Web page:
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The Best Major League Baseball Broadcasting Booths to Call an All-Star Game

Kyle Koster
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The Major League Baseball All-Star Game is a showcase of the brightest stars in the sport. It is also a showcase for its best broadcasters, who get to deliver a unique presentation of the Midsummer Classic. Television partners have tried many different tacts and most have worked, creating stiff competition for our attempt to determine the best booths to ever get the assignment.

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Sean McDonough and Tim McCarver, 1992

McDonough was calling some of the biggest moments in the sport before his 30th birthday and that includes the mid-summer showcase. Best known for his call of Sid Bream scoring from second in slow-motion, it's a real shame that his talents have been utilized across football, basketball, and hockey, because people forget just how much he brought to the nine innings. Tim McCarver is a baseball institution and incredibly malleable with partners. He brought gravitas without ever talking down to people. That's the ideal sweet spot, no matter how much criticism was lobbed in his direction.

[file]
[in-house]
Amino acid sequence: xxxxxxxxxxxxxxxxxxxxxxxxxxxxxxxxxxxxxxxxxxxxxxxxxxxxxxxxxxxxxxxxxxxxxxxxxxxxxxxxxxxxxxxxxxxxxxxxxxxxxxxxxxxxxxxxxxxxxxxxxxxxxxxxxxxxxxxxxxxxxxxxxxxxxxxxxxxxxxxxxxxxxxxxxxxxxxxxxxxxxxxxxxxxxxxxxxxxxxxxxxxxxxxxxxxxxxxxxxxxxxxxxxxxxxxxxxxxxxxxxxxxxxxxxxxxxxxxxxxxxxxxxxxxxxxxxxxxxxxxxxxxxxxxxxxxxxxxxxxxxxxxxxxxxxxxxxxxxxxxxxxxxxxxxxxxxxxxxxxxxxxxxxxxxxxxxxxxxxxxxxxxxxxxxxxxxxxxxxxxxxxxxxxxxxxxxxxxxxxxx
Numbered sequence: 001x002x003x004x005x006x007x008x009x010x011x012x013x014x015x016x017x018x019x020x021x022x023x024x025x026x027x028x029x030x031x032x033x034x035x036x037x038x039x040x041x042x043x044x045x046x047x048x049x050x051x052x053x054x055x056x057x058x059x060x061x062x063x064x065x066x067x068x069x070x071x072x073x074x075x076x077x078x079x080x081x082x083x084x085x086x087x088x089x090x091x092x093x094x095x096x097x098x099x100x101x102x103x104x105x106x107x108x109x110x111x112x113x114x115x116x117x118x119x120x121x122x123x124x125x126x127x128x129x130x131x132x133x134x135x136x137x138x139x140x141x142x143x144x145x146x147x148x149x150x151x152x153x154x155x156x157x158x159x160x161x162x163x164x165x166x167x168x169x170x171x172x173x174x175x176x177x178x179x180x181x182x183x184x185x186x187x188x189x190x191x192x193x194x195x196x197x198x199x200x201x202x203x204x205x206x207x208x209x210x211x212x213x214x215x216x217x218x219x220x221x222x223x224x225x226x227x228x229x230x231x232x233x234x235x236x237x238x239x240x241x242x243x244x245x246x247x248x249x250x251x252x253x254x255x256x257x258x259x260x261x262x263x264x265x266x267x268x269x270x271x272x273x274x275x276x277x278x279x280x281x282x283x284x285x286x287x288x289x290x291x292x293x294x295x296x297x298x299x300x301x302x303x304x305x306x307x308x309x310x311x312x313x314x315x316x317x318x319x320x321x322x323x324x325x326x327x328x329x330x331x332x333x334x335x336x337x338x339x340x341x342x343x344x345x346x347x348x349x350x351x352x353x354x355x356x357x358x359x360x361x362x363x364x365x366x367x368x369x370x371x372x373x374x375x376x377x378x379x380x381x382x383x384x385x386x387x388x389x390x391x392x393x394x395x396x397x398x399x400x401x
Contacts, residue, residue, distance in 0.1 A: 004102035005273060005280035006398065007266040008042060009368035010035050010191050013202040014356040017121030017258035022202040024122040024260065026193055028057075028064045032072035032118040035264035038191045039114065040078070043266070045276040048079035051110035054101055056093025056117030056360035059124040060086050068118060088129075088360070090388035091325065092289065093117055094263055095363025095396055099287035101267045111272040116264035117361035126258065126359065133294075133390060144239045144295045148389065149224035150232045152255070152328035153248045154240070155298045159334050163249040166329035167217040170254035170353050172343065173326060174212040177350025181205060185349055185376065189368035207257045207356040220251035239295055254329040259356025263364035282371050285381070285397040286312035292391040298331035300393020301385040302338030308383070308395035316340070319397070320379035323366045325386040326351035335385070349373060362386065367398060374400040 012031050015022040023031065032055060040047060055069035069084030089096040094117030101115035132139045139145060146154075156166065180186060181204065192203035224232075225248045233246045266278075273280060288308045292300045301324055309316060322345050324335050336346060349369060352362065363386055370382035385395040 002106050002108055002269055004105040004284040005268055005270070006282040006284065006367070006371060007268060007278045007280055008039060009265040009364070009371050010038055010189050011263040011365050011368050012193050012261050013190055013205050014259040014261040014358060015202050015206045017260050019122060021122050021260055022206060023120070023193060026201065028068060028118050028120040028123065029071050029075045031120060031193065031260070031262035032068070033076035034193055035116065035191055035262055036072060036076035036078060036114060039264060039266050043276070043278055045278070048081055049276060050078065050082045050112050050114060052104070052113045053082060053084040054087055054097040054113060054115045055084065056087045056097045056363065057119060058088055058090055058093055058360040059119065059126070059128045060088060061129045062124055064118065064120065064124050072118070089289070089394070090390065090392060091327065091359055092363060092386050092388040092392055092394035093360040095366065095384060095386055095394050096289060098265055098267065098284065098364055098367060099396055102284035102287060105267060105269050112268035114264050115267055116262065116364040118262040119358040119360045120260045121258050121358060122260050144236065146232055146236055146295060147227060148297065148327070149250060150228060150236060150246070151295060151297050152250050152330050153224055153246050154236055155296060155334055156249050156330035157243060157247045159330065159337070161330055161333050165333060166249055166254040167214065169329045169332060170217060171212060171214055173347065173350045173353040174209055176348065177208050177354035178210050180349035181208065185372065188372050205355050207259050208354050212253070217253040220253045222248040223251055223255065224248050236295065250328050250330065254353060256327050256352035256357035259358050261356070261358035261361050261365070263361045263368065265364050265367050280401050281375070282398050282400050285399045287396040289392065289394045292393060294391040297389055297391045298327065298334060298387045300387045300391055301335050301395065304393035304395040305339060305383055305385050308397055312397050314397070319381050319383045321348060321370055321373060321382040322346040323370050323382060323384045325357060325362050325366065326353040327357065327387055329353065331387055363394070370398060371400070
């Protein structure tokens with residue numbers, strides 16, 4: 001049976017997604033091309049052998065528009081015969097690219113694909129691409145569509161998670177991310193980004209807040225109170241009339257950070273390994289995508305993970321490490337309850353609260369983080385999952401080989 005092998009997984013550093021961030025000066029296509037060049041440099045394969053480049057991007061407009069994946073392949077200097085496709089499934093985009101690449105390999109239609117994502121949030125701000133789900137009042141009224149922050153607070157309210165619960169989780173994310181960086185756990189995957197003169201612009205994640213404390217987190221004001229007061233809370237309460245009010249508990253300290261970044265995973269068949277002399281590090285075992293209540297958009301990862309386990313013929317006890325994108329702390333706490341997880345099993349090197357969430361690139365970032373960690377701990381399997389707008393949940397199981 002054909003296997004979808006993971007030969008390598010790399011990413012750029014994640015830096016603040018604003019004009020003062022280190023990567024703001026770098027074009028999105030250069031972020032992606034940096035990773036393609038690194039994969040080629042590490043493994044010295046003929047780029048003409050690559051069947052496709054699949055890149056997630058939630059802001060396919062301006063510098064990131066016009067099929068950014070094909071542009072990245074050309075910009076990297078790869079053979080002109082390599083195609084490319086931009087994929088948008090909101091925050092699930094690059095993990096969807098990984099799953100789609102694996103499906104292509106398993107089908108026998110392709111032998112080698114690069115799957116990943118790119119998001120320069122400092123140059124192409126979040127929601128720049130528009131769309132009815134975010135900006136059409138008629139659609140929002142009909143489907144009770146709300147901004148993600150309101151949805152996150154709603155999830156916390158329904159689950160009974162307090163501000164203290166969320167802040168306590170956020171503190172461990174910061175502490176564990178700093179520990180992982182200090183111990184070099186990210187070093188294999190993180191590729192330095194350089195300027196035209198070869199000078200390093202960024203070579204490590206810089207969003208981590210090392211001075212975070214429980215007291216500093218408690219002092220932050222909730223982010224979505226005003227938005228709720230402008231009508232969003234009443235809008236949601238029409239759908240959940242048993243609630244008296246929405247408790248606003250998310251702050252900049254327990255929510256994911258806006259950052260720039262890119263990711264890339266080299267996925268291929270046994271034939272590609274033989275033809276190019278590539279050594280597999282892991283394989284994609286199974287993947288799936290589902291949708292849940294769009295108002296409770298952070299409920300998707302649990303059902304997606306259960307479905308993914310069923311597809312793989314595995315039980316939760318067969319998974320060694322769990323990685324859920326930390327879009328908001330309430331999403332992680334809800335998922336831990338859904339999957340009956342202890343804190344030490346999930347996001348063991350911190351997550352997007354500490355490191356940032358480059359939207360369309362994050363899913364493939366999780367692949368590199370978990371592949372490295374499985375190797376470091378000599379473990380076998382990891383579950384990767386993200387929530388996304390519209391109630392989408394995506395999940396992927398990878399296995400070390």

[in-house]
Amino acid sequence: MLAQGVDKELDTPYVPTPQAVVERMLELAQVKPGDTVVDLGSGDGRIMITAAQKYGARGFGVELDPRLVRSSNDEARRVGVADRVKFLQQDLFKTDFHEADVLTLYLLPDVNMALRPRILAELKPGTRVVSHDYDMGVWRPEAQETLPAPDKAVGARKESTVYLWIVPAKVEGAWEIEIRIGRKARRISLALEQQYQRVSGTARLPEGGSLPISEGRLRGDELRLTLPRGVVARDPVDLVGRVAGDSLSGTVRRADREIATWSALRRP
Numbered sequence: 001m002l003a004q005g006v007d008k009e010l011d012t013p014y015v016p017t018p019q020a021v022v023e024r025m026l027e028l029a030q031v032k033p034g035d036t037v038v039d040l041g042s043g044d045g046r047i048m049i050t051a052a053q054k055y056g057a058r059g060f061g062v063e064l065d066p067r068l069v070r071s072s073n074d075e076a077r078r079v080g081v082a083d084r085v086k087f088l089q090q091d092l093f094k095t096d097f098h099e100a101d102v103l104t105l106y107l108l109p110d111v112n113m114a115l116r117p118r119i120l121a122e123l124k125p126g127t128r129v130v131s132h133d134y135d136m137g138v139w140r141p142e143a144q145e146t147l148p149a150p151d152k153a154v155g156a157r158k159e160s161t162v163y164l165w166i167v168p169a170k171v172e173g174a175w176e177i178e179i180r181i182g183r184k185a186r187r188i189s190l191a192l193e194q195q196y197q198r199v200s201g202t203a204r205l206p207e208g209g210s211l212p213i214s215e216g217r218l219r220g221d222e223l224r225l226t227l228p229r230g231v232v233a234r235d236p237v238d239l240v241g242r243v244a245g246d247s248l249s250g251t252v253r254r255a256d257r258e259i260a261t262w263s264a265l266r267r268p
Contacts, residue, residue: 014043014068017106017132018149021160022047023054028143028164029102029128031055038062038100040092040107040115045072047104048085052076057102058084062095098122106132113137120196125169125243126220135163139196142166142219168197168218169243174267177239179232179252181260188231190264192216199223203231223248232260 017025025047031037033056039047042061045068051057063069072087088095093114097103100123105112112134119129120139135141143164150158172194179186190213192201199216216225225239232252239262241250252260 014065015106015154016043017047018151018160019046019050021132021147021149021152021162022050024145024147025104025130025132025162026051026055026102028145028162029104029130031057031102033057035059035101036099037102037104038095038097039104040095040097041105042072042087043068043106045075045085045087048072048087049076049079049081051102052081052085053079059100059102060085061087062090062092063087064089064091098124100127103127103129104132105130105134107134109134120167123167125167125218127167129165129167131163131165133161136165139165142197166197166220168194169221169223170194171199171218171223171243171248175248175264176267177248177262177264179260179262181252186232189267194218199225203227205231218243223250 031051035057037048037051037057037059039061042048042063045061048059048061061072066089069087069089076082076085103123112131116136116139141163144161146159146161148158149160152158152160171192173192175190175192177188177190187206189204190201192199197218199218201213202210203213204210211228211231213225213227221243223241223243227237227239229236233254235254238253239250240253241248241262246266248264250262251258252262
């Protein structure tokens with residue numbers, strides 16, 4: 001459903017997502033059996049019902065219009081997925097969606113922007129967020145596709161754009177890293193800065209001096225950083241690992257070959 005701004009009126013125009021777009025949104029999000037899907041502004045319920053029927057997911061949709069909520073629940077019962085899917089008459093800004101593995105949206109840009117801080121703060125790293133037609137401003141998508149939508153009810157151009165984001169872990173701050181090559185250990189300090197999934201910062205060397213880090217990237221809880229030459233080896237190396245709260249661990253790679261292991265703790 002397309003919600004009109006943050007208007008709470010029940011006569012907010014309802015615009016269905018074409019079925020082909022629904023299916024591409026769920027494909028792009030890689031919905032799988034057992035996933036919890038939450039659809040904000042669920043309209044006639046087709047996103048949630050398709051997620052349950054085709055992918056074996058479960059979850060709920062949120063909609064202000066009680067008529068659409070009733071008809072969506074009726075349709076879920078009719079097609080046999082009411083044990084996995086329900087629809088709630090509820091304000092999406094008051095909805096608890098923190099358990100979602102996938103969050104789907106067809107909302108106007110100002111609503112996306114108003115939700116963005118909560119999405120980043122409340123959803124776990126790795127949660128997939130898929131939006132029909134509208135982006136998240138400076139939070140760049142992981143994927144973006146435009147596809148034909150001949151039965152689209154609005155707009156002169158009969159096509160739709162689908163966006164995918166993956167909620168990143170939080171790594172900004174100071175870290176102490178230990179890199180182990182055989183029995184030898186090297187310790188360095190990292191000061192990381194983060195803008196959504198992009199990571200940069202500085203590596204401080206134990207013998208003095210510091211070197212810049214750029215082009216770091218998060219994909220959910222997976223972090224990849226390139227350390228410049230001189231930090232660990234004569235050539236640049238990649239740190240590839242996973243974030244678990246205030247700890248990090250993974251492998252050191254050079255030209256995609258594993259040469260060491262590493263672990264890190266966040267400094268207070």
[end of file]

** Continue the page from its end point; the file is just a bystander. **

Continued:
Mel Allen, Curt Gowdy and Vin Scully, 1960

Talk about star power. Three legends of the game got together to call the second All-Star Game in these two years as Major League Baseball doubled down on the fun. Will be spending the rest of the day tracking down and consuming the archived footage from this masterpiece.

Keith Jackson, Al Michaels, Don Drysdale and Howard Cosell, 1980

It's becoming clear that the star-studded affair served as a showcase for the best and brightest in broadcasting to collaborate. Did All-Star telecasts serve as inspiration for the Expendables franchise? One may never know. It's just crazy to think these four were in the same booth. Michaels was mere months removed from his call of the Miracle on Ice and still may have been fourth on the call sheet.

Joe Buck and John Smoltz, 2016-2019; 2021

One of the most under-appreciated pairings, the World Series duo capably handled festivities and mixed fun with seriousness. Smoltz adds such tremendous value with his perspective, which includes doing pretty much anything a person can do on a baseball field. Buck provided a temperature check for the halfway point of the season and the broadcast spoke to both casual and diehard fans alike.

Bob Costas, Joe Morgan and Bob Uecker, 1996

As with McDonough, it's fun to go back and watch Costas on NBC. One wonders what his career would have looked like if NBC had landed the long-term baseball package. One doesn't have to wonder if he'd be great at it because his MLB Network spot starts are still wonderful. A wisecracking Uecker helped bring some joy into the booth and Morgan was enjoyable even if he occasionally got under nerves or inspired a sports blog.

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